Of course, the above example is pretty mild in terms of the stress meter, but I share it because it demonstrates how vulnerable we can feel post cancer. Prior to having cancer, I didn’t have many qualms with my body. Post cancer, if I am not thoughtful about my stress levels and frame of mind, I can easily tumble into a dark place.

There are the more obvious triggers- such as symptoms that could be signaling a recurrence, yet in my mind what lies deep below is a sense that somehow our bodies betrayed us by growing cancer in the first place. We may also struggle with thoughts about how we did or did not do things that caused the cancer.

One ripple in the waters can set off a chain reaction. No matter where you are in in this process of healing the body, one basic recommendation that I can give you is to be compassionate with yourself when you find yourself in a desperate place (or your loved one if you are a caregiver).

When you feel desperate, it is a sign that you are feeling overwhelmed and in need of some TLC. Responding kindly to yourself or to someone else, it sets a tone that suggests that things are going to be okay. Solutions can wait until you feel stronger again, it is time to rest.

– Stephanie McLeod-Estevez, LCPC, is an art therapist and breast cancer survivor, and a former oncology counselor at the Dempsey Center. She began Creative Transformations to help others who are healing from a life threatening illness or injury. Through Creative Transformations, Stephanie works with people in person and online to offer cancer coaching, a DIY Individual Art Therapy program to enhance any healing work you are undertaking; workshops; and this weekly blog. Sign up today so you never miss one by visiting our website, Creative Transformations, where you will also find the links to our Facebook, Twitter and Instagram pages.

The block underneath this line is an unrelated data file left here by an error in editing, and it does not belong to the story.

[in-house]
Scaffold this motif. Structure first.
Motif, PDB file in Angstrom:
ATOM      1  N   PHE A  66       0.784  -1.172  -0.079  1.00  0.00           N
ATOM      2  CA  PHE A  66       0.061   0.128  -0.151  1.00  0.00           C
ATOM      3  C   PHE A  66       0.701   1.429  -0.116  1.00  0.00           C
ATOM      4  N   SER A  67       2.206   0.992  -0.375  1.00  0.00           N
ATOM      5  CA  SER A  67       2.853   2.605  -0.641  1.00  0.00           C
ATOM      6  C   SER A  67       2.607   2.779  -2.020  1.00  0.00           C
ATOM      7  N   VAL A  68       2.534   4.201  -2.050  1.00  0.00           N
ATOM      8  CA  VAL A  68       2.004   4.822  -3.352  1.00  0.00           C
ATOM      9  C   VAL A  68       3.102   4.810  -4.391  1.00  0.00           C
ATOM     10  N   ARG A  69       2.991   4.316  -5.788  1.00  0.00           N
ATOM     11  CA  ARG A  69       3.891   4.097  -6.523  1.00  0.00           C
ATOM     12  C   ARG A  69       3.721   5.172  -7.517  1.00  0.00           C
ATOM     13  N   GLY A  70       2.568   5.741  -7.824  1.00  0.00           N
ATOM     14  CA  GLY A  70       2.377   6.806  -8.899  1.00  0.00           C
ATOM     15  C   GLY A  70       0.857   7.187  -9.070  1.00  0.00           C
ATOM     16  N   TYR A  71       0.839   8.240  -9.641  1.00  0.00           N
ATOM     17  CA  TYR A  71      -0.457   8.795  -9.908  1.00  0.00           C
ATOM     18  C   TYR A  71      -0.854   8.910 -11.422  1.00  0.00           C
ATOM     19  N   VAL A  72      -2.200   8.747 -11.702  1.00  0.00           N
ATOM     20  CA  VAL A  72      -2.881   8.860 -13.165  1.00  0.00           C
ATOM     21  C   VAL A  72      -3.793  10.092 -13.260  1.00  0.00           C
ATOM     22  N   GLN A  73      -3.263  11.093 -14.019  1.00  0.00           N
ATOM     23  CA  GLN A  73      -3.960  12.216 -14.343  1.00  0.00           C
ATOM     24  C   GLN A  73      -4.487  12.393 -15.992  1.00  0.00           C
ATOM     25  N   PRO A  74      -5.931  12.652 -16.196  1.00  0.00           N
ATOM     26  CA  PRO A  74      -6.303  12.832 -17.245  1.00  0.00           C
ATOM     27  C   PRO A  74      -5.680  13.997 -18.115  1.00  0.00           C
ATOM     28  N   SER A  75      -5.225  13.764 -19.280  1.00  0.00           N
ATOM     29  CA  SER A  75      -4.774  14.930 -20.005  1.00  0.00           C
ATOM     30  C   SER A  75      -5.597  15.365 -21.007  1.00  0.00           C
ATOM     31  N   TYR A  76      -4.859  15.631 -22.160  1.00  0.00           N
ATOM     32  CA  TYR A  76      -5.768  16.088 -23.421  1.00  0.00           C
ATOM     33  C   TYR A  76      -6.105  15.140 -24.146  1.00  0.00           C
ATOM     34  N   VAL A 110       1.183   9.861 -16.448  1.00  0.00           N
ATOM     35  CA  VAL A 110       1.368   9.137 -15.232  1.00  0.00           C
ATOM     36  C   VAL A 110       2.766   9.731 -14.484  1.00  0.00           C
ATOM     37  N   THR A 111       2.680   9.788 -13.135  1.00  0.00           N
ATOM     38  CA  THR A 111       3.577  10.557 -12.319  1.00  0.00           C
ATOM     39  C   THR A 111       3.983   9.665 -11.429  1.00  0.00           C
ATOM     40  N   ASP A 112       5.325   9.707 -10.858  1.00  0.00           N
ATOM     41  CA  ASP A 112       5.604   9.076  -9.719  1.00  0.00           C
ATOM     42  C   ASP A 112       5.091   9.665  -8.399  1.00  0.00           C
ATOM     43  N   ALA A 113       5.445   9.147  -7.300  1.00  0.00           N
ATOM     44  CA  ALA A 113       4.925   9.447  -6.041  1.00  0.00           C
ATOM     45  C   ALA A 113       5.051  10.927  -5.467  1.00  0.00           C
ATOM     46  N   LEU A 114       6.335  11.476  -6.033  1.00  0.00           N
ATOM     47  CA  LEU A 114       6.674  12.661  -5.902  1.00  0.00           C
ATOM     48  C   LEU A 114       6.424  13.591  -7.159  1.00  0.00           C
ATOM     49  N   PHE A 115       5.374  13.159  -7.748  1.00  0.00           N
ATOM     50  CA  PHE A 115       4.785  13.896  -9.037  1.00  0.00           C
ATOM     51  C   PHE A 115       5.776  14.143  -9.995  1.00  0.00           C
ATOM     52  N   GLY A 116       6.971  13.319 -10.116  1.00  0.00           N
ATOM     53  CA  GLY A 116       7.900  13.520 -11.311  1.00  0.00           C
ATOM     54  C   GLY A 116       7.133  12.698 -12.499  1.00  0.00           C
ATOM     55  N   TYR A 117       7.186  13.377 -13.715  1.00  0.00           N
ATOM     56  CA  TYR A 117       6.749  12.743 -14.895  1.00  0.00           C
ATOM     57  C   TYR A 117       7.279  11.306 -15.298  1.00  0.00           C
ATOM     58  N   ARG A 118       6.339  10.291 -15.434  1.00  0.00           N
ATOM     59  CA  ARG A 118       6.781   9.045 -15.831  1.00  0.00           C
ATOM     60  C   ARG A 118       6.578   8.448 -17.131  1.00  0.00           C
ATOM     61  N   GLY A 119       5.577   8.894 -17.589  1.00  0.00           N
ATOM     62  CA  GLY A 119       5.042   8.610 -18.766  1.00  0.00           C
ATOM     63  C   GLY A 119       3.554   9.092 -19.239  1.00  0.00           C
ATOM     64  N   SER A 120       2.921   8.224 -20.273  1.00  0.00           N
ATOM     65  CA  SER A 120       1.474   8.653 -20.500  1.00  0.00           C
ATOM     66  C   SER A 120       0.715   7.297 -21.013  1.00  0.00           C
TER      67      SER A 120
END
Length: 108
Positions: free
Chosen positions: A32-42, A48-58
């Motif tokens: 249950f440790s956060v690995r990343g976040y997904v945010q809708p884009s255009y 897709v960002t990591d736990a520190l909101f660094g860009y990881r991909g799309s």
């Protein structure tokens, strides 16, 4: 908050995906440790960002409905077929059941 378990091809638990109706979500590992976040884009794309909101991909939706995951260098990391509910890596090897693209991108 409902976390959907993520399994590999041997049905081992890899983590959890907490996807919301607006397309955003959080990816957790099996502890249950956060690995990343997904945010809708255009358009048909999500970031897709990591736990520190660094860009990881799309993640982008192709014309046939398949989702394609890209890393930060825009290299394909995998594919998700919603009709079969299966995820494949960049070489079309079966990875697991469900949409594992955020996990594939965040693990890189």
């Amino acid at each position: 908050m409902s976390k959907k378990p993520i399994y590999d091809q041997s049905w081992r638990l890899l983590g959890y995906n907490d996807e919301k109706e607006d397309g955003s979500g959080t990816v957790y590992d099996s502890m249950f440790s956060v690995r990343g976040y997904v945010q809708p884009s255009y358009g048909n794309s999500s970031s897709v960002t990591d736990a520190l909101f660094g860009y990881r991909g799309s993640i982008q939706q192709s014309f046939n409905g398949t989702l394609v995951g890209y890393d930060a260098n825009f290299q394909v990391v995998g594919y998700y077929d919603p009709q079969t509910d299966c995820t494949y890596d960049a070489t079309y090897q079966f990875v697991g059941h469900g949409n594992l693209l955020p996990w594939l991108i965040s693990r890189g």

Healing Self, Survivorship 0 comments on Cancer’s compromising positions

Cancer’s compromising positions

Yes, this is cheeky innuendo, and yes, this post is about sexuality and how the impact of cancer interventions put you into compromising positions regarding the long term side effects.

No one lines up at menopause’s or castration’s table and says “Ooo Ooo… pick me, pick me!”.

However, if you are positive for the  BRCA 1 or 2 gene mutation, this is the life changing decision that we have the privilege of making preventatively; unlike our ovarian, prostate, and testicular cancer brothers and sisters.

I know that after being diagnosed with breast cancer, I certainly wrestled with the fact that I did not get tested for genetic mutations. I had learned I was a candidate for testing at 30, but the thought that the only clear answer would be knowing I had a mutation terrified me.  Having lost my mom to breast cancer in my 20s, I was already struggling with whether or not I should have children, and that knowledge would have made it worse.  I know I am so lucky to have had the chance to become a mom.

However, while I wish I could have prevented myself from having breast cancer in the first place, I knew that I needed to take steps to prevent ovarian cancer. I underwent an oophorectomy (removal of the ovaries and fallopian tubes) the same day that I got my new boobs. I had to preserve some sense of femininity, plus decrease the number of times that I would have to cope with anesthesia brain- which is just like chemo brain.

Whether you are a pre-vivor or survivor of cancer, once you move out of the phase of doing everything you can to save your life, you tumble into the phase of having to deal with the long term effects of the decisions you had to make. This phase is further complicated by recognizing that yet again you are in a place of privilege, because not everyone makes it that far. And if you also have a sexual trauma history, that adds another layer into the mix.